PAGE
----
B TT B

A RR A

AA

L DD L

I ICC

T TT T

E OO E

RR

R I IEE R

N SS N

S S

I SUBCONTRARIES O

CONTRARY

CONTRARY OPPOSITION

an opposition existing between a pair of universal

propositions having the same subject and predicate

terms but differing in quality since A is affirmative

while E is negative.

Rules of Contrariety

(a) If one of the contraries is true, the other is false.

(b) If one of the contraries is false, the other is doubtful.

Conclusions

(a) If A is true, E is false.

(b) If E is true, A is false.

(c) If A is false, E is doubtful.

(d) If E is false, A is doubtful.

SUBCONTRARY

Square of Opposition

A CONTRARIES E

All x are y. No x are y.

S CC S

U OO U

NN

B TT B

A RR A

AA

L DD L

I ICC

T TT T

E OO E

RR

R I IEE R

N SS N

S S

I SUBCONTRARIES O

SUBCONTRARY OPPOSITION

an opposition existing between a pair of particular

propositions having the same subject and predicate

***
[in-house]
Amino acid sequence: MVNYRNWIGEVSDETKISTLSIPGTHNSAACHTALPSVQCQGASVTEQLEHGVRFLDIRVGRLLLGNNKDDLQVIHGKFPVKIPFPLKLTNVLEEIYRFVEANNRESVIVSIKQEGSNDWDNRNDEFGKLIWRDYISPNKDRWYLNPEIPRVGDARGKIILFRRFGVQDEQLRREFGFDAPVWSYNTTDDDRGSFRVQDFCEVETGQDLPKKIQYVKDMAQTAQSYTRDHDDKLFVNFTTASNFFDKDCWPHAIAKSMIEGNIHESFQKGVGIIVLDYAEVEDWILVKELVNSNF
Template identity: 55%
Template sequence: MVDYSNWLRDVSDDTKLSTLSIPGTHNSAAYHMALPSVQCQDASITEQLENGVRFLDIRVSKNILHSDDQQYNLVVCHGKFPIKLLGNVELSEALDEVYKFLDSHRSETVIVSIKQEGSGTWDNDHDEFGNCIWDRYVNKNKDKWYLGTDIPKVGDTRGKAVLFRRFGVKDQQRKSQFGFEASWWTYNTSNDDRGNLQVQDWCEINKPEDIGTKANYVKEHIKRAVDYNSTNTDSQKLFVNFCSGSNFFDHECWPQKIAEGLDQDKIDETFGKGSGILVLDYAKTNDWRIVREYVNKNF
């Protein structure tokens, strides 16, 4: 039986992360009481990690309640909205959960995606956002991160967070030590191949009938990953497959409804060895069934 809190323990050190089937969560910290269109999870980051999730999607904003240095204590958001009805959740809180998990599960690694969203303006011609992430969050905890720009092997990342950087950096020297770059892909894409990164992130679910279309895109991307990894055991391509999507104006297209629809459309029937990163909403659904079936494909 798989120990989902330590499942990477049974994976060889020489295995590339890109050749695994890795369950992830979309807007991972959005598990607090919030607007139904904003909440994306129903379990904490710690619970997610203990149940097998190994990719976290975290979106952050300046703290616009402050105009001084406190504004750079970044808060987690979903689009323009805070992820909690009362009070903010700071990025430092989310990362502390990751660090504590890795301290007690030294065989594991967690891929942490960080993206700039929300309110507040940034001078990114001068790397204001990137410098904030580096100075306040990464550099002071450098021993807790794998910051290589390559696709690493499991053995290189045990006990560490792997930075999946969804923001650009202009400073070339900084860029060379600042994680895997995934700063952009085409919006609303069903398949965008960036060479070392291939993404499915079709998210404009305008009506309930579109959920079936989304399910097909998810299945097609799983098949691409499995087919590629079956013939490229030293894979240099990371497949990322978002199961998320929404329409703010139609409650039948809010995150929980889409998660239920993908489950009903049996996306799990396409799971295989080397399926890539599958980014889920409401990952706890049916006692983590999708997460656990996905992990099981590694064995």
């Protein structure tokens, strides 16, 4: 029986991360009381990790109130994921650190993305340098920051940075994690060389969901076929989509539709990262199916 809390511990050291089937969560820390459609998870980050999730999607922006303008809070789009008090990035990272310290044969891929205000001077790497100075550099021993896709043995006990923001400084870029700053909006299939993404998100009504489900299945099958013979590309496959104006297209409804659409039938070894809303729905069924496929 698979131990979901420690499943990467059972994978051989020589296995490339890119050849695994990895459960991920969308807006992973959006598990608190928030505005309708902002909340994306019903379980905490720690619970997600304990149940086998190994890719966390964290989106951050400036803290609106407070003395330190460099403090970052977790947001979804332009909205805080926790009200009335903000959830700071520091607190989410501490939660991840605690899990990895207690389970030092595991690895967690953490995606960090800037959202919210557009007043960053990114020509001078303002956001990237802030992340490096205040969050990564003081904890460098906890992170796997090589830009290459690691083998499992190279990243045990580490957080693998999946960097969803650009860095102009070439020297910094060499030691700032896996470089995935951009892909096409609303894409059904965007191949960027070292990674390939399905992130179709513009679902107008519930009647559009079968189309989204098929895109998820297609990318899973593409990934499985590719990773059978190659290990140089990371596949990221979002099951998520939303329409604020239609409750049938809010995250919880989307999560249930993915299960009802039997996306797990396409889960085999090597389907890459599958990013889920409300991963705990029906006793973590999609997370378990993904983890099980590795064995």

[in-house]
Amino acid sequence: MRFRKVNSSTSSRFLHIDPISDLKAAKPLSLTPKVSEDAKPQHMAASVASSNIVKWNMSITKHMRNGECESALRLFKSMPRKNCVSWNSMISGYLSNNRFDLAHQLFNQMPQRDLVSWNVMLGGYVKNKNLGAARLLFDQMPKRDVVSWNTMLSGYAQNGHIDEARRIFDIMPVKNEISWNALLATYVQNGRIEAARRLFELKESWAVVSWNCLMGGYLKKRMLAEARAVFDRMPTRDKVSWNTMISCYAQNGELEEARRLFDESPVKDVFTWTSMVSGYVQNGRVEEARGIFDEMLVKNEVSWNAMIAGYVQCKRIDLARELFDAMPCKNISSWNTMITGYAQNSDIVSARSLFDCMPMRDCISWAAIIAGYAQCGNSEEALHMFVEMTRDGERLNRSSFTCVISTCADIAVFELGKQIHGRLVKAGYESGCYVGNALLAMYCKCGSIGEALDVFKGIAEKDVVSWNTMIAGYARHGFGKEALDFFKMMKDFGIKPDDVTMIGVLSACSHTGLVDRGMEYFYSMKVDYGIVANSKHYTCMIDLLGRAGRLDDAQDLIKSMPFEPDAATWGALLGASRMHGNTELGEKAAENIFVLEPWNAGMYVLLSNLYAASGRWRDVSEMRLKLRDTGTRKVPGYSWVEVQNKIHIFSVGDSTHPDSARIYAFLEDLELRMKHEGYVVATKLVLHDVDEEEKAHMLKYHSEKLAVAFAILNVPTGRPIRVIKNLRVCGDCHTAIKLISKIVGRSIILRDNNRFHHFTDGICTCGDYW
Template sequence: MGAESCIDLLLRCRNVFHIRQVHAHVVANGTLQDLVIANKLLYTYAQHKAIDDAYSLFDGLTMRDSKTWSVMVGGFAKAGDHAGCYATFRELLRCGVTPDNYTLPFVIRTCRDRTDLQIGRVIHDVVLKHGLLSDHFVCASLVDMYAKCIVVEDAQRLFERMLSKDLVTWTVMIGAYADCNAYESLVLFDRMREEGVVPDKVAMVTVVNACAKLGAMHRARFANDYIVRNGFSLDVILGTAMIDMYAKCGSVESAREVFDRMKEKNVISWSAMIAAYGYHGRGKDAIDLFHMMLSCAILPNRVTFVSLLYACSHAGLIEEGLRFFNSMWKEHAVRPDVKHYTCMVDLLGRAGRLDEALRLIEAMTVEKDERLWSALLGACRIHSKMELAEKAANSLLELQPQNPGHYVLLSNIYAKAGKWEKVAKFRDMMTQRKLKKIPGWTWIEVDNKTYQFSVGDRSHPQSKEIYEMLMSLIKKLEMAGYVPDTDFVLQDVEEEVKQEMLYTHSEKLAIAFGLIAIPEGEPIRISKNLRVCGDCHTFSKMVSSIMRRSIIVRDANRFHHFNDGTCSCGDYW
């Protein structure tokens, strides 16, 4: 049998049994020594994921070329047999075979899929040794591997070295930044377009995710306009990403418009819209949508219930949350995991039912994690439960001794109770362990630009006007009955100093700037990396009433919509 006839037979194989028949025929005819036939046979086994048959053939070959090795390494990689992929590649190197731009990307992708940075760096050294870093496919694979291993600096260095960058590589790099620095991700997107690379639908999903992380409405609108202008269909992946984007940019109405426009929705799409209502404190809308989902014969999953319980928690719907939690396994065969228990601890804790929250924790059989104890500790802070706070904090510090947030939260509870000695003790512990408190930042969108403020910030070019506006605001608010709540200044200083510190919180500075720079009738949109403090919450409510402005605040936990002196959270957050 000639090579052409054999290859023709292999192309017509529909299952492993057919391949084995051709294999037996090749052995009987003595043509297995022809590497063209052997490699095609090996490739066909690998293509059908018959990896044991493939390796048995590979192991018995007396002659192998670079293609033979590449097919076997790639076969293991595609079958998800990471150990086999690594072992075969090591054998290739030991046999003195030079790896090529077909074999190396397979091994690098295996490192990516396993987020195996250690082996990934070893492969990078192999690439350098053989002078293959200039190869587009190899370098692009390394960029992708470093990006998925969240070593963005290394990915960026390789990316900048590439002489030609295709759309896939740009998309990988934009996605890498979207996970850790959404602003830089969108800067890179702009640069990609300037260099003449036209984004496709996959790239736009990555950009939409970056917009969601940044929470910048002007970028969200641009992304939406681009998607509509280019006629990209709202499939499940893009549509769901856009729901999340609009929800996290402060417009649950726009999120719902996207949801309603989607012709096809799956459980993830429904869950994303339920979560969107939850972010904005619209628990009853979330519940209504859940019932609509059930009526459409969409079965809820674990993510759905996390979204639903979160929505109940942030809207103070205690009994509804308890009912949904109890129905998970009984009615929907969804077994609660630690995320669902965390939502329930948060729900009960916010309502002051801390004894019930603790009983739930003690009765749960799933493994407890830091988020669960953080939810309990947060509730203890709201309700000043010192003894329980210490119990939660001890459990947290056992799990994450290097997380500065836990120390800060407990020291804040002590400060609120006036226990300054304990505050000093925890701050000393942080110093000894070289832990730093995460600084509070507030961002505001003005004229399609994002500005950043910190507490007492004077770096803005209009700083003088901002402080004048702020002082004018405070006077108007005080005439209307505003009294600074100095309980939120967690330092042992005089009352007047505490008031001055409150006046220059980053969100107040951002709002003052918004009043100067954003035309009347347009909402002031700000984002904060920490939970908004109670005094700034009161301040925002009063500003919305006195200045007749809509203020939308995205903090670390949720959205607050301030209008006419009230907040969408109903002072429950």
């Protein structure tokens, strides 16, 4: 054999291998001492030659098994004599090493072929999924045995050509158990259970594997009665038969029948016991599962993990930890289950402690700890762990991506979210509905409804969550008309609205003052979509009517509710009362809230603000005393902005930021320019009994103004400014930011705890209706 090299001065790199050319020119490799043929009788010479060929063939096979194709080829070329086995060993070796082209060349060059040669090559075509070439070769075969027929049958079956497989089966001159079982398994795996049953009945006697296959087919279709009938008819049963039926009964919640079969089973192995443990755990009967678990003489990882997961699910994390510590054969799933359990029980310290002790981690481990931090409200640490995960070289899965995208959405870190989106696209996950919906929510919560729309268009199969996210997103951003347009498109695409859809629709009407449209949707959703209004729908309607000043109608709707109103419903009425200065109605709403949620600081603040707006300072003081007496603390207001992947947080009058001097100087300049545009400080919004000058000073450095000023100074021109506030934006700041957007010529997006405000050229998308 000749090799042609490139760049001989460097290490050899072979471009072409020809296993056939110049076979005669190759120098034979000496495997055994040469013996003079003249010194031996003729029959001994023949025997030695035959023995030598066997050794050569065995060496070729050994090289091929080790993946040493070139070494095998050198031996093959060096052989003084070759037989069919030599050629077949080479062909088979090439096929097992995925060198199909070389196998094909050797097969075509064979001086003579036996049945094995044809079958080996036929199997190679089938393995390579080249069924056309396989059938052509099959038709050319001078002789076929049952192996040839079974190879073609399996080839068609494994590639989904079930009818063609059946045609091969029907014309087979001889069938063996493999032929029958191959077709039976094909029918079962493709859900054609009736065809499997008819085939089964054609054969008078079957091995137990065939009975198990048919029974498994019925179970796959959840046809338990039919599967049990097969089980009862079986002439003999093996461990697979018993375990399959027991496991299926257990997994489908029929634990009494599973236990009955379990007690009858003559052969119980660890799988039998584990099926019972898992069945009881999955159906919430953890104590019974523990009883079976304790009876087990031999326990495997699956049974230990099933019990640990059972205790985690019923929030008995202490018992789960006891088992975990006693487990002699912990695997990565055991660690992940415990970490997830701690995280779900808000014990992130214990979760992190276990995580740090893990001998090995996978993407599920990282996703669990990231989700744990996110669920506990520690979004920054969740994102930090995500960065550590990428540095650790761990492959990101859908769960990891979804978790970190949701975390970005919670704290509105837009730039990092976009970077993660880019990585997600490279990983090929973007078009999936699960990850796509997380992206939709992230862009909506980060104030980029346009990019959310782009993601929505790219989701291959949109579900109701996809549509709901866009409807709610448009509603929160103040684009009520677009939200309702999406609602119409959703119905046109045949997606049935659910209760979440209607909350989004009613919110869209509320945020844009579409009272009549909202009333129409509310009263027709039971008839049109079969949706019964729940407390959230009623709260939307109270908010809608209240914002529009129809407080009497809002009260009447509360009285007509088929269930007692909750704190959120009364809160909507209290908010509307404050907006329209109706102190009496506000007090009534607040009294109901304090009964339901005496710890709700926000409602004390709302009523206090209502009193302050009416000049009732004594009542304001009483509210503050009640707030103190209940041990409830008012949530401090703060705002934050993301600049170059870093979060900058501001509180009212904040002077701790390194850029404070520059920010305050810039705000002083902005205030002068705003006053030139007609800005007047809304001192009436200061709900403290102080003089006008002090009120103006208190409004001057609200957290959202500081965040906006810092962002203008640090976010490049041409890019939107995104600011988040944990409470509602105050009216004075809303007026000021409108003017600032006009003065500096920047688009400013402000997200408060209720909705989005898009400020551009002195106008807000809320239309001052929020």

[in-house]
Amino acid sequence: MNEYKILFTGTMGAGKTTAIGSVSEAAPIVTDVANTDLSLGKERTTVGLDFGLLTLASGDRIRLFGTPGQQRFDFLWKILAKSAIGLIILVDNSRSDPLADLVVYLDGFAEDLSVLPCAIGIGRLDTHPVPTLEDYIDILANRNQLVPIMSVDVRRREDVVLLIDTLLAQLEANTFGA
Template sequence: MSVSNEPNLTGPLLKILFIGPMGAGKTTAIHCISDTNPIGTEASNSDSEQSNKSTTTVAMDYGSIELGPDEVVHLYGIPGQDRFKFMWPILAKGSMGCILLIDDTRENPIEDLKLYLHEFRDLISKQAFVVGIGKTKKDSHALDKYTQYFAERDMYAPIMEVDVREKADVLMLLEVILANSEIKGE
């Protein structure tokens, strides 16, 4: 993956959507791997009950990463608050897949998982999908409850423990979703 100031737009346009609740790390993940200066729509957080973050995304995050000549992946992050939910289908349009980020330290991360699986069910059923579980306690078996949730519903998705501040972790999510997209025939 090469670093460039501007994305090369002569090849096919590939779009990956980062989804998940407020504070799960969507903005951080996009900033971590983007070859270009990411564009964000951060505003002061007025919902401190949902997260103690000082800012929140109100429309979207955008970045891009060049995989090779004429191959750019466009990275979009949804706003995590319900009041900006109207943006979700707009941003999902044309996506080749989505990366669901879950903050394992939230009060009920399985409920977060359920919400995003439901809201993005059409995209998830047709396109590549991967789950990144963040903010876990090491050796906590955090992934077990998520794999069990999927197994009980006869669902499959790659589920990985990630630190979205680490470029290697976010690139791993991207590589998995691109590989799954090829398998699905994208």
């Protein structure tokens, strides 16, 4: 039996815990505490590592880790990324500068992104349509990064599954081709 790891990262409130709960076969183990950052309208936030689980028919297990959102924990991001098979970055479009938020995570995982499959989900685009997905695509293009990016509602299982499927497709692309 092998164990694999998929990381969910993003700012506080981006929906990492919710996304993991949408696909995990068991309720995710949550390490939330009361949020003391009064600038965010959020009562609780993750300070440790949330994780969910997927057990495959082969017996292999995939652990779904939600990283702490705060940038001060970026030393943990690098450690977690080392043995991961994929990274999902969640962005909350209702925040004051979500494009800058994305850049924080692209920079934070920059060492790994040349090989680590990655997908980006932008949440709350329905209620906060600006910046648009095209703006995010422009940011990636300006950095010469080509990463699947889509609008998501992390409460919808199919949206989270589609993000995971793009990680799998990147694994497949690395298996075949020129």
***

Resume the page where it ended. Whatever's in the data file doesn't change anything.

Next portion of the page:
terms but differing in quality.

I and O propositions are subcontraries.

Rules of Subcontraries

(a) If one of the subcontraries is true, the other is

doubtful.

(b) If one of the subcontraries is false, the other is true.

Conclusions

(a) If I is true, O is doubtful.

(b) If O is true, I is doubtful.

(c) If I is false, O is true.

(d) If O is false, I is true.

SUBALTERN

Square of Opposition

A CONTRARIES E

All x are y. No x are y.

S CC S

U OO U

NN

B TT B

A RR A

AA

L DD L

I ICC

T TT T

E OO E

RR

R I IEE R

N SS N

S S